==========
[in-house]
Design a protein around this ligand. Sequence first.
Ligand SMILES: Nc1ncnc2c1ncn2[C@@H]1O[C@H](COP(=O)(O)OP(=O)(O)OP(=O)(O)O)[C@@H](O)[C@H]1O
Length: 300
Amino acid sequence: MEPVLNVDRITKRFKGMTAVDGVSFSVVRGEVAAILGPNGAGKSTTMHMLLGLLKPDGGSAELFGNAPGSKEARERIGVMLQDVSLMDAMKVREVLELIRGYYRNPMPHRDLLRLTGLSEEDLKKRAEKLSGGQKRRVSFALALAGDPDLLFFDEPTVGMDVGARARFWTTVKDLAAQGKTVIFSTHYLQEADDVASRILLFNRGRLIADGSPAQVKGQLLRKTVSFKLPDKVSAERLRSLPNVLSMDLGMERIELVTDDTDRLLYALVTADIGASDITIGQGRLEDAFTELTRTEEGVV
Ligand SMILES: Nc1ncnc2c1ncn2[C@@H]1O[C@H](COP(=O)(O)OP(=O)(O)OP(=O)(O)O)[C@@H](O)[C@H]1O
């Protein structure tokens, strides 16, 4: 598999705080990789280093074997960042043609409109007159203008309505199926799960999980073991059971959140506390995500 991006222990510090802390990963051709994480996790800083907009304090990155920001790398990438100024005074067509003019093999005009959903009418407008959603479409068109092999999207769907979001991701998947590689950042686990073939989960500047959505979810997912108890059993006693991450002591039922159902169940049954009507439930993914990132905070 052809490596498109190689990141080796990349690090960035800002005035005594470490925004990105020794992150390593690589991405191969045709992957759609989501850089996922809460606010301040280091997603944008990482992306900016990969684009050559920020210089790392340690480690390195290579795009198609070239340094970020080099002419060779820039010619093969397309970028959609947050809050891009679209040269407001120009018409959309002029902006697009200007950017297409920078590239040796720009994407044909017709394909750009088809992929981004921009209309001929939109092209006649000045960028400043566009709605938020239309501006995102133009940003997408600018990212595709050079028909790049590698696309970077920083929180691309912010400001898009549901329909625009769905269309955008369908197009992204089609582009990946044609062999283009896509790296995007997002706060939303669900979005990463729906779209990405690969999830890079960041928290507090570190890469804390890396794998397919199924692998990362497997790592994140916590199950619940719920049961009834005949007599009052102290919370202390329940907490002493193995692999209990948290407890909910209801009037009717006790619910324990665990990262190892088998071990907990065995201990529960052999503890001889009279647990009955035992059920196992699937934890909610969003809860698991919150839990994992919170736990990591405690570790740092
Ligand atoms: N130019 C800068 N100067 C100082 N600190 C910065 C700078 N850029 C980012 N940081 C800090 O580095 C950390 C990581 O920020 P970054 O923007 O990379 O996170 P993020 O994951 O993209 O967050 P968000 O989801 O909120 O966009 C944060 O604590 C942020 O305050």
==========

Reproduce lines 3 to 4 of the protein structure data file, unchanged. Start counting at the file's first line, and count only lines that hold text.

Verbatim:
Ligand SMILES: Nc1ncnc2c1ncn2[C@@H]1O[C@H](COP(=O)(O)OP(=O)(O)OP(=O)(O)O)[C@@H](O)[C@H]1O
Length: 300